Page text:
Credit: Trevor Ruszkowski/USA TODAY Sports

Even from the kick-off, 24-10 down, all was not lost when Brandon Wilson (three returns, 98 yards) registered a 61-yard response, setting put Bengals in great field position. But Dalton threw the next ball to a Jags player, a turnover that eventually led to another three points from Lambo. Three interceptions in five plays from Dalton – woeful. Even in the prezzers afterwards, Jags players admitted to knowing what play was coming based on the Bengals personnel.

Turnover-machine Dalton did run in a garbage-time touchdown (he’s still the only Bengal with a running TD this season) to give the final score 27-17 a flattering tint, but the offense remains one-dimensional. The receivers were again patchy, with Alex Erickson (eight catches for 137 yards) having a career game, Auden Tate hauling in three for 65 and Tyler Boyd’s 55 yards countered with drops and a fumbled turnover. And again, only three catches for our tight ends.

UK blog writer equals running back contribution

But the run game… oh boy, that hit a new low. Sunday’s effort might yet go down as the worst in the history of the game, let alone the franchise, with Joe Mixon (2 yards), Giovani Bernard (0 yards) and Alex Erickson (-2 yards) combining for the sum total of zero yards. Yep – literally nothing. Statistically, I had the same impact on the game while following it from my sofa in Cambridgeshire. Dalton’s 33 yards of scrambling was the sum total of our ground gains, which is a tad embarrassing. No wonder Mixon departed the game before the end and left the stadium before the media gathered.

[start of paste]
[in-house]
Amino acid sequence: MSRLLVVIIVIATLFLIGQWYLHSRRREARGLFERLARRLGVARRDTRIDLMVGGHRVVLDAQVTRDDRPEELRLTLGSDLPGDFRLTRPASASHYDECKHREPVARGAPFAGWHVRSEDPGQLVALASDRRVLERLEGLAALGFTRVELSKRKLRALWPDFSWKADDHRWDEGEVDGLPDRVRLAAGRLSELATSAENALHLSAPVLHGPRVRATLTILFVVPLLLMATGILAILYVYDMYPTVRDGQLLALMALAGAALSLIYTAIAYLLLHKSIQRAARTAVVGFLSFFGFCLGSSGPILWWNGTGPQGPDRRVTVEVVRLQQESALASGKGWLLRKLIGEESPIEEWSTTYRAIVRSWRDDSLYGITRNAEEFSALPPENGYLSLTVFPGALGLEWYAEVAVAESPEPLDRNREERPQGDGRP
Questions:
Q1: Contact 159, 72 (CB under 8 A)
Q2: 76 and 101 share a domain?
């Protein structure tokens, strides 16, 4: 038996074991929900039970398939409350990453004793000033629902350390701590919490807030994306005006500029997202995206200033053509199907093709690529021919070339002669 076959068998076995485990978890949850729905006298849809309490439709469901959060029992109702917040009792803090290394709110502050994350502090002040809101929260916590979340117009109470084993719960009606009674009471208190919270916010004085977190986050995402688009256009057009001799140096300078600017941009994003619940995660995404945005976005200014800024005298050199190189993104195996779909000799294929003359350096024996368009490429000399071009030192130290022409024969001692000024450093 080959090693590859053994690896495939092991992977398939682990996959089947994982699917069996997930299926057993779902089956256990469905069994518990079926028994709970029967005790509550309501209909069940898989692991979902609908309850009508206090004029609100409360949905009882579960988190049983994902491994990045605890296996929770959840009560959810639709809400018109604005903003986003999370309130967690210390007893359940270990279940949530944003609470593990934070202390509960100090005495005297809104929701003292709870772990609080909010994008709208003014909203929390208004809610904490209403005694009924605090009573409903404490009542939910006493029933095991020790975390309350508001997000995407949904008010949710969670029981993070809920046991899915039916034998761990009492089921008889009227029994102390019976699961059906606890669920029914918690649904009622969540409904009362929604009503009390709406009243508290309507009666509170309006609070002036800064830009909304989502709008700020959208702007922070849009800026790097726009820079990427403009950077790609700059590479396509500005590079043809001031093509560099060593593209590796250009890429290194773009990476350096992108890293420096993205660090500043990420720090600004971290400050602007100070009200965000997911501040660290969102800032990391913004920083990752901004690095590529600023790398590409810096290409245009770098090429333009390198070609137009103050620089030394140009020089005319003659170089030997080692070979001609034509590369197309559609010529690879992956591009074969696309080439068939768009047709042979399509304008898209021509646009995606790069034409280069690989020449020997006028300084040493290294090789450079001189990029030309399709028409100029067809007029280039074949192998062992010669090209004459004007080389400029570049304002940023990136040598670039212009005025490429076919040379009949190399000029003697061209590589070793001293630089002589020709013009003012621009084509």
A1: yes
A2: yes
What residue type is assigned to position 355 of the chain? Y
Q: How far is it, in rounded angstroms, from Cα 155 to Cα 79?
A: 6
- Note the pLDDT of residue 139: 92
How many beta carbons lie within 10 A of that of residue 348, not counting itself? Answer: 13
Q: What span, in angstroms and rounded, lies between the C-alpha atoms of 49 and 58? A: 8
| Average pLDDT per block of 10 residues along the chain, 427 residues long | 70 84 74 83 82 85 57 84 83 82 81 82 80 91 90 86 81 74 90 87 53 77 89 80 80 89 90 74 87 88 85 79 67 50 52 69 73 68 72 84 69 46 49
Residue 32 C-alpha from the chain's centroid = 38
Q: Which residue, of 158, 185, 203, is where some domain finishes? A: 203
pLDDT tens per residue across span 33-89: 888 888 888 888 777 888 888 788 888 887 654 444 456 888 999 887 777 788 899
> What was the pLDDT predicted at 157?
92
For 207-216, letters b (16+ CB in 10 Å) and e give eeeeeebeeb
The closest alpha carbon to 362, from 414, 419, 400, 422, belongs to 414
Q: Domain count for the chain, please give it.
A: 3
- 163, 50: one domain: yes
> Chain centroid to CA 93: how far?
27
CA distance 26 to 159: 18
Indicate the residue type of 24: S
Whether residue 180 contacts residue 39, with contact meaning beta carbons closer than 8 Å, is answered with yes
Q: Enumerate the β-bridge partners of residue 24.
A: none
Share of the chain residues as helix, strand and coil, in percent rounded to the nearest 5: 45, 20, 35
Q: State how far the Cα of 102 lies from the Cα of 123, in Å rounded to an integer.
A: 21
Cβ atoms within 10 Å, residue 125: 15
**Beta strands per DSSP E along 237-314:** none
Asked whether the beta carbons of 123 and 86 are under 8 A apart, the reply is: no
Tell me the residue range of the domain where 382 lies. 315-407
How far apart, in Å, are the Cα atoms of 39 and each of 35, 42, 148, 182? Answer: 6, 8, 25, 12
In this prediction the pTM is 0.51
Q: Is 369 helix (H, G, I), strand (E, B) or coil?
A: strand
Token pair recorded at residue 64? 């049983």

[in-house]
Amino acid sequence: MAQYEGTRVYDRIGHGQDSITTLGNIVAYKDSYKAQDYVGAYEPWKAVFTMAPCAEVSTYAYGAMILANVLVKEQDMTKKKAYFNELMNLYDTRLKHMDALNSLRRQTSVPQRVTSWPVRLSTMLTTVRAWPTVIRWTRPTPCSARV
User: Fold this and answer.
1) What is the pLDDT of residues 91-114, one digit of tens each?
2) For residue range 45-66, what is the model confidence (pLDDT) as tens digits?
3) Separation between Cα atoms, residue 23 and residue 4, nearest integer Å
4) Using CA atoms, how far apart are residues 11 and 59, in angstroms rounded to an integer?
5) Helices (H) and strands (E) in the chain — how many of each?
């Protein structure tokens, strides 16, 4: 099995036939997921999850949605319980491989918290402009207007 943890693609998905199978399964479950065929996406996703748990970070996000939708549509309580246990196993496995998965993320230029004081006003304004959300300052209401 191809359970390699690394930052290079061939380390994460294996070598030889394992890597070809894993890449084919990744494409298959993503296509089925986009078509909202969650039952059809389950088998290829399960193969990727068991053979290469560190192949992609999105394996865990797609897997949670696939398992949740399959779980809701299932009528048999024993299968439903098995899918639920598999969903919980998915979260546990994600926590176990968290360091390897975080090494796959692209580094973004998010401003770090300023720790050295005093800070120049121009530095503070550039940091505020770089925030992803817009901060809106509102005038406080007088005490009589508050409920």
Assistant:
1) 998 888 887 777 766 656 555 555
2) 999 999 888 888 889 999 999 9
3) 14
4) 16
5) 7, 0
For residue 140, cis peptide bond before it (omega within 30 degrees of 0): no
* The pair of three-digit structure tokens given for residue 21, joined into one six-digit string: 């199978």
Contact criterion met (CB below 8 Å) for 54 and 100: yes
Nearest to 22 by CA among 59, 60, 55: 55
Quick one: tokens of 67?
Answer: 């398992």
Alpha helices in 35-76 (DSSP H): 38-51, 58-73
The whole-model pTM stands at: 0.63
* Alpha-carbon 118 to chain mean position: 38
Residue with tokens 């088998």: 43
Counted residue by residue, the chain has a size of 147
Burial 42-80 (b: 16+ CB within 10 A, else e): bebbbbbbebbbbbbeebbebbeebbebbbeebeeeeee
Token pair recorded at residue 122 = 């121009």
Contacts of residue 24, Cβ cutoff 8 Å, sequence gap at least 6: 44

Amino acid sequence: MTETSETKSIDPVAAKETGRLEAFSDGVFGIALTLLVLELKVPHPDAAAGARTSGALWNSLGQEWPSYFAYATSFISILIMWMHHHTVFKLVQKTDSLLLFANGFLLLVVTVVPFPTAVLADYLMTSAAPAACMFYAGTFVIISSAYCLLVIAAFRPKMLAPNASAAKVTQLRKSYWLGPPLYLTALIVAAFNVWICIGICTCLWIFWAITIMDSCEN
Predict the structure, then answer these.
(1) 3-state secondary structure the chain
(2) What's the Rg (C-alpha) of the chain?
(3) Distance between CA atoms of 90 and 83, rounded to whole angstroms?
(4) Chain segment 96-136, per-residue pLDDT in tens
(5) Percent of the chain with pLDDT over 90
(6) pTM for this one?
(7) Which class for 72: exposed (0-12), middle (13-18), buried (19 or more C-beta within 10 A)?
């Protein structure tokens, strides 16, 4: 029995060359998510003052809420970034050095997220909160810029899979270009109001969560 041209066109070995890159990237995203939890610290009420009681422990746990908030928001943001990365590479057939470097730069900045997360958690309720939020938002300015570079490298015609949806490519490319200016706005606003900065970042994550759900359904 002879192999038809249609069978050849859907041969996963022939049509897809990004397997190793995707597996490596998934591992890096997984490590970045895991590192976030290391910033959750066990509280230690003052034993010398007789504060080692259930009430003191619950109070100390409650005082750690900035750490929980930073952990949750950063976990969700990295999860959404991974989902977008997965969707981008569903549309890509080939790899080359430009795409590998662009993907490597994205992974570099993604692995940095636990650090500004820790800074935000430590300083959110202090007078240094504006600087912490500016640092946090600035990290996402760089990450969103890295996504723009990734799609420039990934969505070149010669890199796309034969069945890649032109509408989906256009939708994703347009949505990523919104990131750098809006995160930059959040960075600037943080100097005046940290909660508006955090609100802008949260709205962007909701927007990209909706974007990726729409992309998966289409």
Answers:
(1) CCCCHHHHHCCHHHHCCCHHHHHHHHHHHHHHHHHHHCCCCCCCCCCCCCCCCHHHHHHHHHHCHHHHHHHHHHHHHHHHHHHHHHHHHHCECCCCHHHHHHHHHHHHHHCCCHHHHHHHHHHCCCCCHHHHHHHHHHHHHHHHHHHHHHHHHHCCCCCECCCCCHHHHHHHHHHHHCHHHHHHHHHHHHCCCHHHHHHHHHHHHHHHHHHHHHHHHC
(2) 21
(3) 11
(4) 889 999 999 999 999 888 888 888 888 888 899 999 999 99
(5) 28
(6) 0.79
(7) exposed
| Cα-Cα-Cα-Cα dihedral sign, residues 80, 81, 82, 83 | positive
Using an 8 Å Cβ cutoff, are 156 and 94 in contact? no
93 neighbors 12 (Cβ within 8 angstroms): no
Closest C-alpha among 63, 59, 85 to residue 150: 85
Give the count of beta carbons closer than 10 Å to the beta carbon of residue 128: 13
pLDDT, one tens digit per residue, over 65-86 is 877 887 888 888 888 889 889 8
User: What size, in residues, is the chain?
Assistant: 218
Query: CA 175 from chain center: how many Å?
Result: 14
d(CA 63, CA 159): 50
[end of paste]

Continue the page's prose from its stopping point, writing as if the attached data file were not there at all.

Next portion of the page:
In stark contrast, Fournette alone rushed 29 times for 131 yards, leaving the Bengals about 1,000 yards behind their opponents on rushing yards after seven games. I’m fast running out of adjectives to describe how inept we are but let’s put it this way: we’re on track to rack up about 850 yards, about 100 less than our worst-ever season. And that was in 1982, a strike-affected year in which we only played nine games.

Dalton’s line (27-of-43, 276 yards, one TD, three INTs) definitely represents one of his worst ever, and despite Gardner Minshew’s sub-50% completion rate, the Red Rifle made the rookie QB look quietly competent. Understandably, with the boos ringing round a half-empty Paul Brown Stadium, the knives seem to be coming out for Average Andy.

There’s a case for letting his understudy, Ryan Finley, start in London against the LA Rams (the 12-point favourites). We have half an already-lost season left to see what others can do and the fourth-round 2019 draft pick can’t be any worse than Dalton, surely. But there’s an equally strong argument for saying that behind our porous offensive line, we would just be throwing Finley to the wolves. A tough call either way for the winless HC against his former employers.

So what next for the Bengals? Forget the results – we’re bound to lose the next three games, and we’re only safe in Week 9 because we’re on a bye. As we’re not known for wheeling and dealing, the looming trade deadline probably won’t affect anything either. But with Dalton on borrowed time and Taylor on thin ice – even in a franchise that’s notoriously patient with their coaches – the clock is ticking in other ways.

Featured Picture – Credit: Sam Greene